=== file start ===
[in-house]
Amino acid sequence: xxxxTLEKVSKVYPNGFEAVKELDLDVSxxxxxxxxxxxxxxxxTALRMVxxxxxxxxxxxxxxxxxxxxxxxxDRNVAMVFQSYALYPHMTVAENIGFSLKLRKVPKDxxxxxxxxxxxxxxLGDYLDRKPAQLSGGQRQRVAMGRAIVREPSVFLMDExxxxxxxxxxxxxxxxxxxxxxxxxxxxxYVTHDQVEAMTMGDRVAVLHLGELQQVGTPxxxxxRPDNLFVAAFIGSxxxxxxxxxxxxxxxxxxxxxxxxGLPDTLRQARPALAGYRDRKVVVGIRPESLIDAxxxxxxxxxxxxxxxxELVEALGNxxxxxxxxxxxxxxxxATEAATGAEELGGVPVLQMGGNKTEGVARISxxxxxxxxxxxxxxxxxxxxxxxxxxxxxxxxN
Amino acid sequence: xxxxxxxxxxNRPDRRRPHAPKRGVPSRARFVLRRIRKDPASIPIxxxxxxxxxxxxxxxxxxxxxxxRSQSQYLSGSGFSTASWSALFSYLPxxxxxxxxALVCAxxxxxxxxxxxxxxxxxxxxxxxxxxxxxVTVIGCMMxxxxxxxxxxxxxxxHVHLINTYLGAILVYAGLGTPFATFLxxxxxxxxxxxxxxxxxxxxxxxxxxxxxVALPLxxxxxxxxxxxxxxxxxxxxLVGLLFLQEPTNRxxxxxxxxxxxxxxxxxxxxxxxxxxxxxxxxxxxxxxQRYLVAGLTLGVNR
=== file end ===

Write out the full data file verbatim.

[in-house]
Amino acid sequence: xxxxTLEKVSKVYPNGFEAVKELDLDVSxxxxxxxxxxxxxxxxTALRMVxxxxxxxxxxxxxxxxxxxxxxxxDRNVAMVFQSYALYPHMTVAENIGFSLKLRKVPKDxxxxxxxxxxxxxxLGDYLDRKPAQLSGGQRQRVAMGRAIVREPSVFLMDExxxxxxxxxxxxxxxxxxxxxxxxxxxxxYVTHDQVEAMTMGDRVAVLHLGELQQVGTPxxxxxRPDNLFVAAFIGSxxxxxxxxxxxxxxxxxxxxxxxxGLPDTLRQARPALAGYRDRKVVVGIRPESLIDAxxxxxxxxxxxxxxxxELVEALGNxxxxxxxxxxxxxxxxATEAATGAEELGGVPVLQMGGNKTEGVARISxxxxxxxxxxxxxxxxxxxxxxxxxxxxxxxxN
Amino acid sequence: xxxxxxxxxxNRPDRRRPHAPKRGVPSRARFVLRRIRKDPASIPIxxxxxxxxxxxxxxxxxxxxxxxRSQSQYLSGSGFSTASWSALFSYLPxxxxxxxxALVCAxxxxxxxxxxxxxxxxxxxxxxxxxxxxxVTVIGCMMxxxxxxxxxxxxxxxHVHLINTYLGAILVYAGLGTPFATFLxxxxxxxxxxxxxxxxxxxxxxxxxxxxxVALPLxxxxxxxxxxxxxxxxxxxxLVGLLFLQEPTNRxxxxxxxxxxxxxxxxxxxxxxxxxxxxxxxxxxxxxxQRYLVAGLTLGVNR